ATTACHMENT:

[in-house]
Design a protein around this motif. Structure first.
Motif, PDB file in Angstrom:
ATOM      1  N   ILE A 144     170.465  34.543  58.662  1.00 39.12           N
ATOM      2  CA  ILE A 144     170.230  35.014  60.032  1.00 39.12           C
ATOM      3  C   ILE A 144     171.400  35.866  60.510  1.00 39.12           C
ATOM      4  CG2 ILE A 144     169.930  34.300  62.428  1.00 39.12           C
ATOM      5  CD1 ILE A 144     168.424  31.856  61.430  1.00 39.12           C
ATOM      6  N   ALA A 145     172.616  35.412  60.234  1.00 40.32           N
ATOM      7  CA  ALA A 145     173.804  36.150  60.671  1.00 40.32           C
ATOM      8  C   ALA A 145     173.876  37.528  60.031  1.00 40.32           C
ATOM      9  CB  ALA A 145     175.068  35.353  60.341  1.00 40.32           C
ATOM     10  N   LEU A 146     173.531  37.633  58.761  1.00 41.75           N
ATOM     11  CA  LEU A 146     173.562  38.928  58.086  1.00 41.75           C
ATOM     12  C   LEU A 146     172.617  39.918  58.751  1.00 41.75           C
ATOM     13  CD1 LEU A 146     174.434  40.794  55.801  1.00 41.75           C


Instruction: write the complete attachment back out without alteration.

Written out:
[in-house]
Design a protein around this motif. Structure first.
Motif, PDB file in Angstrom:
ATOM      1  N   ILE A 144     170.465  34.543  58.662  1.00 39.12           N
ATOM      2  CA  ILE A 144     170.230  35.014  60.032  1.00 39.12           C
ATOM      3  C   ILE A 144     171.400  35.866  60.510  1.00 39.12           C
ATOM      4  CG2 ILE A 144     169.930  34.300  62.428  1.00 39.12           C
ATOM      5  CD1 ILE A 144     168.424  31.856  61.430  1.00 39.12           C
ATOM      6  N   ALA A 145     172.616  35.412  60.234  1.00 40.32           N
ATOM      7  CA  ALA A 145     173.804  36.150  60.671  1.00 40.32           C
ATOM      8  C   ALA A 145     173.876  37.528  60.031  1.00 40.32           C
ATOM      9  CB  ALA A 145     175.068  35.353  60.341  1.00 40.32           C
ATOM     10  N   LEU A 146     173.531  37.633  58.761  1.00 41.75           N
ATOM     11  CA  LEU A 146     173.562  38.928  58.086  1.00 41.75           C
ATOM     12  C   LEU A 146     172.617  39.918  58.751  1.00 41.75           C
ATOM     13  CD1 LEU A 146     174.434  40.794  55.801  1.00 41.75           C